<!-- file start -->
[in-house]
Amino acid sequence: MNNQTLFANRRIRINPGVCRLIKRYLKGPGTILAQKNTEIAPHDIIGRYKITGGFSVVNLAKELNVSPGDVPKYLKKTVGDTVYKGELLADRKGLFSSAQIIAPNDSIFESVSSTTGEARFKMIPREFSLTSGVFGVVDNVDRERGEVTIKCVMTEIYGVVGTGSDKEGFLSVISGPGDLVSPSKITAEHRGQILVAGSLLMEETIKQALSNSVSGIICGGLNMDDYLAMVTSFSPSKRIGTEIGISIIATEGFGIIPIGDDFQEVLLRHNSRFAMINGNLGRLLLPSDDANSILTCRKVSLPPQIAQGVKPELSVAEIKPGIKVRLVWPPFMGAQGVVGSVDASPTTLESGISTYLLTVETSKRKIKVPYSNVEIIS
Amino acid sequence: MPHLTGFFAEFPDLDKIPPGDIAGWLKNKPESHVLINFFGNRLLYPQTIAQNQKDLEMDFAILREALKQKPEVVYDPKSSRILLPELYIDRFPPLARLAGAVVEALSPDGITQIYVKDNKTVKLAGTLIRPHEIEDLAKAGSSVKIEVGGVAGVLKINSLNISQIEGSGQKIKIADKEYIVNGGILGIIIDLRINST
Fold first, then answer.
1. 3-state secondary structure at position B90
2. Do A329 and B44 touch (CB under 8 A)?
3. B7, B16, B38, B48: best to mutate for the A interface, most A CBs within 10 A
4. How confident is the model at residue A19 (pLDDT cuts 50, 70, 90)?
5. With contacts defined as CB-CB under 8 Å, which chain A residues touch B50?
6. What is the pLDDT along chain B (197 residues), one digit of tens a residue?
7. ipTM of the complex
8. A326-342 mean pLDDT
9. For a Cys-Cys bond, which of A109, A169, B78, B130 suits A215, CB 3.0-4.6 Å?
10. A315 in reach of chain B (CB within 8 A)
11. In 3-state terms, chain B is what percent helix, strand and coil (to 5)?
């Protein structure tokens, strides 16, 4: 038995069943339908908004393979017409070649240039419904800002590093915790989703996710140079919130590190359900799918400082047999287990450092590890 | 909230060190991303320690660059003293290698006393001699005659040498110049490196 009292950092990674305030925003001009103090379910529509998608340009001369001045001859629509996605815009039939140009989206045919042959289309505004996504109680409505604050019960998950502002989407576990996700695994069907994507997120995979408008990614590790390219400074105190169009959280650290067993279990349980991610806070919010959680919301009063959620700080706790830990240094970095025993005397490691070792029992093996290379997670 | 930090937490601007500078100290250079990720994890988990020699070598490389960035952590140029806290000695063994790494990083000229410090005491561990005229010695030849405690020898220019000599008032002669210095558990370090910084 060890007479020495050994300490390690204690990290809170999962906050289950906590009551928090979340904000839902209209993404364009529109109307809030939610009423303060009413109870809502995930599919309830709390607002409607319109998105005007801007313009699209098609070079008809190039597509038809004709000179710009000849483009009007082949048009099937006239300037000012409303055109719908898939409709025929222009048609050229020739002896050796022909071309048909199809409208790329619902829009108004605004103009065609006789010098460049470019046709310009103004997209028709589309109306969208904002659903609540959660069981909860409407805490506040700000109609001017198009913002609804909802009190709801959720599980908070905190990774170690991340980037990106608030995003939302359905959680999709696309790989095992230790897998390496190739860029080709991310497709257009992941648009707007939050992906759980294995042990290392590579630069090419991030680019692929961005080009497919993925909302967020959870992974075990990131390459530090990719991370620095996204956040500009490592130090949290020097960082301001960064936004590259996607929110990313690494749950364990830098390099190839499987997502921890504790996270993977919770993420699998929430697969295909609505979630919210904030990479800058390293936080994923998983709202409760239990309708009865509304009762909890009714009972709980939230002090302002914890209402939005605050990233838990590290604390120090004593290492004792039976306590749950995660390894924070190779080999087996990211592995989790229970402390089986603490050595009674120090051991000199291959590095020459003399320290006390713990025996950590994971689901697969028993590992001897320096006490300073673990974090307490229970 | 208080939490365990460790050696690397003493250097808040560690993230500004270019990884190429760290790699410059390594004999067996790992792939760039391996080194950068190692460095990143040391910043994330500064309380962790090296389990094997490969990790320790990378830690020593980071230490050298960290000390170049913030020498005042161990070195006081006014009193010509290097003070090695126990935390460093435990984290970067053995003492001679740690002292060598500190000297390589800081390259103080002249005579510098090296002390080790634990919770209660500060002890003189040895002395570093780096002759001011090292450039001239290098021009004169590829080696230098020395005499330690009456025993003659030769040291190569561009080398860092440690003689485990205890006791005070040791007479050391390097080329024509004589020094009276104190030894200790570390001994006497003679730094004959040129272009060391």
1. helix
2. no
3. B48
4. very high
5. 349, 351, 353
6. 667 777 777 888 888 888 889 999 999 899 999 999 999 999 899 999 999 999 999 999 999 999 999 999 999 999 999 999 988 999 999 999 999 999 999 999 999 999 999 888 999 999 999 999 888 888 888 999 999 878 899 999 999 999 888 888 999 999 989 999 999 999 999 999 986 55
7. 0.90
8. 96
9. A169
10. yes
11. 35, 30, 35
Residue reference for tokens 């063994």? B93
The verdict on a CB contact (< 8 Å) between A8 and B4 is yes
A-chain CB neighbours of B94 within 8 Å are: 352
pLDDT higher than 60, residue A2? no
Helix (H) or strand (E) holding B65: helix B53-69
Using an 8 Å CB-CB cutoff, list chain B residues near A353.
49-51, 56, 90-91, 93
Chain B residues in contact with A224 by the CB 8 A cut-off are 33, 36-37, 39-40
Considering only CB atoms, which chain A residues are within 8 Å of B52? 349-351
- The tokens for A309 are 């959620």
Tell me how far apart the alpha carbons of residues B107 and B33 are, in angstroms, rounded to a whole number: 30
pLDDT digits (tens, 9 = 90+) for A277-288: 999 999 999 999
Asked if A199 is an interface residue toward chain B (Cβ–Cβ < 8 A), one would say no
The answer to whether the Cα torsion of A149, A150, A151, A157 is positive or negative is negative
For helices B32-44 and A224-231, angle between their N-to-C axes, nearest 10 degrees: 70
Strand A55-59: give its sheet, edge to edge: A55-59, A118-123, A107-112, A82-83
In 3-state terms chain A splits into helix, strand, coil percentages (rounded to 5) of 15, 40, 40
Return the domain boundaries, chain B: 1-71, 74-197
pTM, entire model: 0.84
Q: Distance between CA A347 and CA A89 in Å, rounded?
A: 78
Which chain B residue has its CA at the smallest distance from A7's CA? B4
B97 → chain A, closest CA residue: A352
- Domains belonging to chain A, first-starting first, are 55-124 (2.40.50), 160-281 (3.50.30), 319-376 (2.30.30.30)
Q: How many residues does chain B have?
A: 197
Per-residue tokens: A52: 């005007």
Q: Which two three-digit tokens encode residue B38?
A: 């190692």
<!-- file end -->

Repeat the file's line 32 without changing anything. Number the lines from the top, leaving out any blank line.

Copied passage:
Helix (H) or strand (E) holding B65: helix B53-69